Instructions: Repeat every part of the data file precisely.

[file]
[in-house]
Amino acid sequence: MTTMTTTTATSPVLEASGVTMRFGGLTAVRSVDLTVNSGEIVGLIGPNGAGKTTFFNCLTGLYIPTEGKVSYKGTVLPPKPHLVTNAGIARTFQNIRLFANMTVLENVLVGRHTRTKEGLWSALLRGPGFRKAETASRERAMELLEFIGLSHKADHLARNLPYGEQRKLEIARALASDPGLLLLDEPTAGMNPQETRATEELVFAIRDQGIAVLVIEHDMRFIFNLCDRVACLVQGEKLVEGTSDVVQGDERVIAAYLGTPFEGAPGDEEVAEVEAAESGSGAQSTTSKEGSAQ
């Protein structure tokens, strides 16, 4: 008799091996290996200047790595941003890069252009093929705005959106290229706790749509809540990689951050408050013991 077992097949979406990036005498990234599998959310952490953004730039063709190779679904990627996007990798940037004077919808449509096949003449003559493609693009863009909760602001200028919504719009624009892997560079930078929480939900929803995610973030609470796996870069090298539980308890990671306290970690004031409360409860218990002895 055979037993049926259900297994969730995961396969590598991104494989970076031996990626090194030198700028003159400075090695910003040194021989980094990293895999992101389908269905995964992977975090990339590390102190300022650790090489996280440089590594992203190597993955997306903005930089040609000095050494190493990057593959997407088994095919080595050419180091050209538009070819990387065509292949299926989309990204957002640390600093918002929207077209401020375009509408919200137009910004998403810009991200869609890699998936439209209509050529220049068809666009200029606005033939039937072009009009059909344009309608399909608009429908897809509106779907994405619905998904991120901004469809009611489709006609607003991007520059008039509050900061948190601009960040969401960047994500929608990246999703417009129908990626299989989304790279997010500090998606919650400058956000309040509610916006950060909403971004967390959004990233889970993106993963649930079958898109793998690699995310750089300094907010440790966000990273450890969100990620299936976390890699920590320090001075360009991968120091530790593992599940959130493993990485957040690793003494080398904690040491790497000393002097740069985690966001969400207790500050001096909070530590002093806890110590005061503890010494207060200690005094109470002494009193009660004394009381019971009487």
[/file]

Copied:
[in-house]
Amino acid sequence: MTTMTTTTATSPVLEASGVTMRFGGLTAVRSVDLTVNSGEIVGLIGPNGAGKTTFFNCLTGLYIPTEGKVSYKGTVLPPKPHLVTNAGIARTFQNIRLFANMTVLENVLVGRHTRTKEGLWSALLRGPGFRKAETASRERAMELLEFIGLSHKADHLARNLPYGEQRKLEIARALASDPGLLLLDEPTAGMNPQETRATEELVFAIRDQGIAVLVIEHDMRFIFNLCDRVACLVQGEKLVEGTSDVVQGDERVIAAYLGTPFEGAPGDEEVAEVEAAESGSGAQSTTSKEGSAQ
């Protein structure tokens, strides 16, 4: 008799091996290996200047790595941003890069252009093929705005959106290229706790749509809540990689951050408050013991 077992097949979406990036005498990234599998959310952490953004730039063709190779679904990627996007990798940037004077919808449509096949003449003559493609693009863009909760602001200028919504719009624009892997560079930078929480939900929803995610973030609470796996870069090298539980308890990671306290970690004031409360409860218990002895 055979037993049926259900297994969730995961396969590598991104494989970076031996990626090194030198700028003159400075090695910003040194021989980094990293895999992101389908269905995964992977975090990339590390102190300022650790090489996280440089590594992203190597993955997306903005930089040609000095050494190493990057593959997407088994095919080595050419180091050209538009070819990387065509292949299926989309990204957002640390600093918002929207077209401020375009509408919200137009910004998403810009991200869609890699998936439209209509050529220049068809666009200029606005033939039937072009009009059909344009309608399909608009429908897809509106779907994405619905998904991120901004469809009611489709006609607003991007520059008039509050900061948190601009960040969401960047994500929608990246999703417009129908990626299989989304790279997010500090998606919650400058956000309040509610916006950060909403971004967390959004990233889970993106993963649930079958898109793998690699995310750089300094907010440790966000990273450890969100990620299936976390890699920590320090001075360009991968120091530790593992599940959130493993990485957040690793003494080398904690040491790497000393002097740069985690966001969400207790500050001096909070530590002093806890110590005061503890010494207060200690005094109470002494009193009660004394009381019971009487």